All of these images were generated using fairly standard edge-detection algorithms, with fairly typical parameters. So, which one of them is "double-plus-good real"? Is it option 3, because it shows what you consider "obvious"? Or option 2 because it's the opposite of what you'd expect? Ooh, ooh, maybe it's option 5, which so beautifully identified the actual edge of your use of the gradient tool. You didn't even bother to place it in the middle when you produced your picture, you just wanted it to "look right".

Or maybe, just maybe, throwing a tool you don't understand at a problem is not the right solution here, especially when the tool was never designed to find what you're trying to find? Just a thought.

You might also notice that, even between different applications that did find an edge in """reality""", they found it in different places. Egads, your methodology, which was supposed to show us that locating the horizon is easy, results in... multiple possible locations of the horizon. Crazy how nature do that.

Pete has claimed that it's the wrong tool, his suggestion of a colour picker makes no sense.
You're very generous to yourself. Please try not to mix up you not understanding something with it making no sense. There are resources available out there to help you understand. This includes me - you can ask me questions instead of [checks notes...] screaming "FAAAAAAKE!" and running away.

No-one is claiming we live in a mathematically perfect world where the line would be perfect, but the distinction is clear enough.
I agree - the distinction is that your "foggy day" and "reality" (oh, why did you have to name it so...) sections show a gradient, and the "mathematical model" one does not.

Oh, wait, that's not the "clear distinction" you wanted. Huh.
« Last Edit: March 11, 2023, 12:14:05 AM by Pete Svarrior »
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Offline markjo

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Re: Curvature of the Horizon
« Reply #105 on: March 10, 2023, 11:55:05 PM »
And yet there are other times where there is no gradient of color between the water and sky or reflectivity in either medium where the distinction is quite obvious.  Don't those situations count?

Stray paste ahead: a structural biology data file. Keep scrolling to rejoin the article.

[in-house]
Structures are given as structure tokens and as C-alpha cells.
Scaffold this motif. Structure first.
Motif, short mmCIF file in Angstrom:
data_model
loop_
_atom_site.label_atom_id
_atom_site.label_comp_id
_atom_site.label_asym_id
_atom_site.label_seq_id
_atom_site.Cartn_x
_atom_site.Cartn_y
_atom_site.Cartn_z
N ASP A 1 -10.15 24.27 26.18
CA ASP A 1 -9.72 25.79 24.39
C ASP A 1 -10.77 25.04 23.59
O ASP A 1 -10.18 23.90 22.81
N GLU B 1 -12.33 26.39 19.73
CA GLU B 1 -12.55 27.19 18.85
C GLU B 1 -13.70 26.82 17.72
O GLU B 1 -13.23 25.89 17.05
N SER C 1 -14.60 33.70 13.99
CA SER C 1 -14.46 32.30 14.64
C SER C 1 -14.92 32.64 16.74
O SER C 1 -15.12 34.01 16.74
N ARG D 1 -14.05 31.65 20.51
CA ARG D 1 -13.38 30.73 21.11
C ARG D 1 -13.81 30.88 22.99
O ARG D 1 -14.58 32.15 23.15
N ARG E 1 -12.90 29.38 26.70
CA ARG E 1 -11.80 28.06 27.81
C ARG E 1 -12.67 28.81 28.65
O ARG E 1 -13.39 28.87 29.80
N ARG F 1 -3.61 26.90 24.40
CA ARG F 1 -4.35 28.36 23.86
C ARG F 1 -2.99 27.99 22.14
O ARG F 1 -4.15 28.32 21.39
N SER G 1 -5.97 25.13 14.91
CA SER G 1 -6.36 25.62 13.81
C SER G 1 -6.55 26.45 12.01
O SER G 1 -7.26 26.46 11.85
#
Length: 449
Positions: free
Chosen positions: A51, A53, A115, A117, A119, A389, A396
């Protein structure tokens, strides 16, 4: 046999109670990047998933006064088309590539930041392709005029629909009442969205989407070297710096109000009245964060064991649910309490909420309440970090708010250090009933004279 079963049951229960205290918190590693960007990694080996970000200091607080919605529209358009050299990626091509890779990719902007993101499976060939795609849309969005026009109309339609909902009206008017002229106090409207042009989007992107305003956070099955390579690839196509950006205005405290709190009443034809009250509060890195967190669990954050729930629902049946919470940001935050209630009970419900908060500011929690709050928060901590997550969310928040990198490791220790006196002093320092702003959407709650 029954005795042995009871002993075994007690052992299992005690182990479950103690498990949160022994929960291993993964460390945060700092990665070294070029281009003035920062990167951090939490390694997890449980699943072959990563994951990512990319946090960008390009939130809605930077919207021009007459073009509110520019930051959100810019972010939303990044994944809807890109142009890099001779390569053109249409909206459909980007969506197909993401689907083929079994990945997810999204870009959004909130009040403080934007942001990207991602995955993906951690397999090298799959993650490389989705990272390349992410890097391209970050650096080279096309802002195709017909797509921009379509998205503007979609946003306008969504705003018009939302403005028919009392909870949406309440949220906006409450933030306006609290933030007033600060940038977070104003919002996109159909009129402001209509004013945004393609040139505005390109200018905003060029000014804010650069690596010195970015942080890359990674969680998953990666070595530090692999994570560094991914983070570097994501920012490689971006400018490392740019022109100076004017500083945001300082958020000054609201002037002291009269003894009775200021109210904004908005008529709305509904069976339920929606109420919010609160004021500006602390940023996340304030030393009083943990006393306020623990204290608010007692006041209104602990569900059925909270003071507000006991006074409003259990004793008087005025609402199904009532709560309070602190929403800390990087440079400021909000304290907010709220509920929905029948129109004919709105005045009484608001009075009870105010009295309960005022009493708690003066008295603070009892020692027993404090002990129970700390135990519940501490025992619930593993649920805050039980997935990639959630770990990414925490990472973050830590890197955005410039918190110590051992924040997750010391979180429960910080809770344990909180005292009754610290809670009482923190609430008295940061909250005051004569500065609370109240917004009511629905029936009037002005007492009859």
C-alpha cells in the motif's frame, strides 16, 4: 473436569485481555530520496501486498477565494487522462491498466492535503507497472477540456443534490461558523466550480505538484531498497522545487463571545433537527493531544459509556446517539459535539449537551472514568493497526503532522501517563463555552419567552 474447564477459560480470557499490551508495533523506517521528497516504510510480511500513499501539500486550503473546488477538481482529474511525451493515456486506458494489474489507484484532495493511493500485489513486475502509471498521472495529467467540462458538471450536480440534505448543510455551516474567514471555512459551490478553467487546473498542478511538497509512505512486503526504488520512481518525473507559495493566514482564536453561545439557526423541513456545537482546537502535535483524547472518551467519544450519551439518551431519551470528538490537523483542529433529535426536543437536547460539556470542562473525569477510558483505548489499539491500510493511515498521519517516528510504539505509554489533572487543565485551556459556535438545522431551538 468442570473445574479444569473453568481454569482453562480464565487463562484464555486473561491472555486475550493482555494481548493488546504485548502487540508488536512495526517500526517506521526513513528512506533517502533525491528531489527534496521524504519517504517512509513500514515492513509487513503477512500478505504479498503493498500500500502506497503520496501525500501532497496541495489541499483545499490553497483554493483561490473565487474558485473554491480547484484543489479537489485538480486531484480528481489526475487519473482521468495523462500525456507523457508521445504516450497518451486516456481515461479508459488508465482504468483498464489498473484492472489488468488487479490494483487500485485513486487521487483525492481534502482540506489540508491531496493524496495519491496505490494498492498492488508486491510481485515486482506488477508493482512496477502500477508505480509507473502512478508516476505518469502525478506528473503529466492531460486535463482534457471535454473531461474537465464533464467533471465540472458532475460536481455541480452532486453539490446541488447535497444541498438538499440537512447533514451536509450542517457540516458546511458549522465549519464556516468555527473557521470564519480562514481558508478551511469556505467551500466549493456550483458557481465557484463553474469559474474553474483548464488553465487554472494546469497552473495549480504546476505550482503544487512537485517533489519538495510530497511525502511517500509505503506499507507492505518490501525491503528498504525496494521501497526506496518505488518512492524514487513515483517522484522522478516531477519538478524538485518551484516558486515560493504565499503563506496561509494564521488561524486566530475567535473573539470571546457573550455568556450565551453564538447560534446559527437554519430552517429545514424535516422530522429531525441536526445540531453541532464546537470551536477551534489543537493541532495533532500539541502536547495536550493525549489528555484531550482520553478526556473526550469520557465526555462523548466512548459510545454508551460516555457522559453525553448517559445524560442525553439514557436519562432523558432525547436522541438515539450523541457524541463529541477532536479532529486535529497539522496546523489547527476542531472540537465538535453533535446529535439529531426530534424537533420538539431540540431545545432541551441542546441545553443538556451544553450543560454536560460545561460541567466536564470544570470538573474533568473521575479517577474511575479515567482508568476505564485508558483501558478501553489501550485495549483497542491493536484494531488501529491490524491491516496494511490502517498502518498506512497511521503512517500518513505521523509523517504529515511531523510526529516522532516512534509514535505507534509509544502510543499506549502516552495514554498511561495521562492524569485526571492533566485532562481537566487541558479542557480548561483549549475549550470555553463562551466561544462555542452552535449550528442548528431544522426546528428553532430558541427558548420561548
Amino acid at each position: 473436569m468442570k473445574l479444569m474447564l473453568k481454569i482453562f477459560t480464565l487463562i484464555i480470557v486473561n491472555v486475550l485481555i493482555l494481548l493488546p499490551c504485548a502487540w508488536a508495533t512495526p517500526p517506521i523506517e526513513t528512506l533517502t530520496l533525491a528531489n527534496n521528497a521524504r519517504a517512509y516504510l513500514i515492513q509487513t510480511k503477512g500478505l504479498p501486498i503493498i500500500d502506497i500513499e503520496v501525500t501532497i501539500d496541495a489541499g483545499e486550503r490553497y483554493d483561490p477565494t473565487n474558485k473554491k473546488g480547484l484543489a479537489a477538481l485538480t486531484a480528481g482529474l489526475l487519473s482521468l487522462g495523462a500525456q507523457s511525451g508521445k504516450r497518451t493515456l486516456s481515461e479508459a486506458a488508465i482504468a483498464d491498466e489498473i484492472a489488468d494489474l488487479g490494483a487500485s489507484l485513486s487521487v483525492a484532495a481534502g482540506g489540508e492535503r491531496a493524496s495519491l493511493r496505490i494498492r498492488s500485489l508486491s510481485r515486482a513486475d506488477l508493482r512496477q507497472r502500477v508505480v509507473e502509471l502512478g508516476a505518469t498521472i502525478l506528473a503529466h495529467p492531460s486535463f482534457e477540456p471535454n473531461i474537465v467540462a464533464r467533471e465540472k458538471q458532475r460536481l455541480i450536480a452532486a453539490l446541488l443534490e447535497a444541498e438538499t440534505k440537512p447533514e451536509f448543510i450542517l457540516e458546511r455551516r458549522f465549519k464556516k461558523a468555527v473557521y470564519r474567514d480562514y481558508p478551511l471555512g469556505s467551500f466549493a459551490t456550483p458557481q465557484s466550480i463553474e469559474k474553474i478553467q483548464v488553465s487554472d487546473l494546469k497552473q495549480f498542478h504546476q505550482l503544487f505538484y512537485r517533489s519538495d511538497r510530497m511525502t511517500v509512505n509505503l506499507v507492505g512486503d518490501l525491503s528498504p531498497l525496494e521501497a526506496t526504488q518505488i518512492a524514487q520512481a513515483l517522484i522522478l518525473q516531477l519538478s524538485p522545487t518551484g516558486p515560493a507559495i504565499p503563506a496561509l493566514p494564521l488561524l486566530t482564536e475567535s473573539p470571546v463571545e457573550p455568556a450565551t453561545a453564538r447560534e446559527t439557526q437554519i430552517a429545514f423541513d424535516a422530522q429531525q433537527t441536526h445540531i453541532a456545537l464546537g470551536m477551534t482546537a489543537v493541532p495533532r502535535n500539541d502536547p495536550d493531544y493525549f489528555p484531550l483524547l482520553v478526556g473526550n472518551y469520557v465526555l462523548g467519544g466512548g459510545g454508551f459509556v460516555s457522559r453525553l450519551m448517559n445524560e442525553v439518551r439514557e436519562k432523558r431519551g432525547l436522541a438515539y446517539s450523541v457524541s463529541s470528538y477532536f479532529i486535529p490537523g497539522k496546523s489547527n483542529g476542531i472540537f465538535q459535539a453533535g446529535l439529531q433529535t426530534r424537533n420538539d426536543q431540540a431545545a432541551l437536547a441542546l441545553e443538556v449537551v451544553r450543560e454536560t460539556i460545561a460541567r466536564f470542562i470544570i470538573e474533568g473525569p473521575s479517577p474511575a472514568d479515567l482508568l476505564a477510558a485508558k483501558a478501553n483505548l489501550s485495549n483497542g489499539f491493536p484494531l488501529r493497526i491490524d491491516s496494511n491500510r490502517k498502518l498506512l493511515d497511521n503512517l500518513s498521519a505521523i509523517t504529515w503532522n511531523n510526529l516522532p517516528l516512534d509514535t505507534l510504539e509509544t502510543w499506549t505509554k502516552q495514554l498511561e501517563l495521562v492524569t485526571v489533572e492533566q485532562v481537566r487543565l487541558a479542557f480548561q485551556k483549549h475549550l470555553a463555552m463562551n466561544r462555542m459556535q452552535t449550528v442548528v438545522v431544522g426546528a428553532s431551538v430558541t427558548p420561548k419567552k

You have no way of knowing what situations are present at the moment of observation, given you are three miles away.
As for knowing the conditions three miles out to sea...  Well, it's a fairly trivial thing to have someone go three miles out on a boat and report those conditions back to you via phone or radio.
They are at their point, and you are at yours. They are looking at what things look like up close, not from three miles away. Things look different.
The conditions across the three or more miles (depending on your elevation) across the sea determines what kind of view of the horizon you will get.  If you can see a nice, crisp distinction between the water and the sky (horizon), then there is a pretty good chance that the conditions across those three or more miles are pretty favorable for such observations.  However, if you have any questions about the conditions between the your position and the three or more miles in question, then you should have a trusted associate get in a boat and go out three or more miles and report the conditions along the way.  Again, if the conditions are favorable along the way, then there's a pretty good chance that the view from the boat will be pretty much the same as the view from the shore.  I'm not sure why that's so hard to understand or believe.
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Offline Action80

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Re: Curvature of the Horizon
« Reply #106 on: March 11, 2023, 07:12:45 AM »
And yet there are other times where there is no gradient of color between the water and sky or reflectivity in either medium where the distinction is quite obvious.  Don't those situations count?
You have no way of knowing what situations are present at the moment of observation, given you are three miles away.
As for knowing the conditions three miles out to sea...  Well, it's a fairly trivial thing to have someone go three miles out on a boat and report those conditions back to you via phone or radio.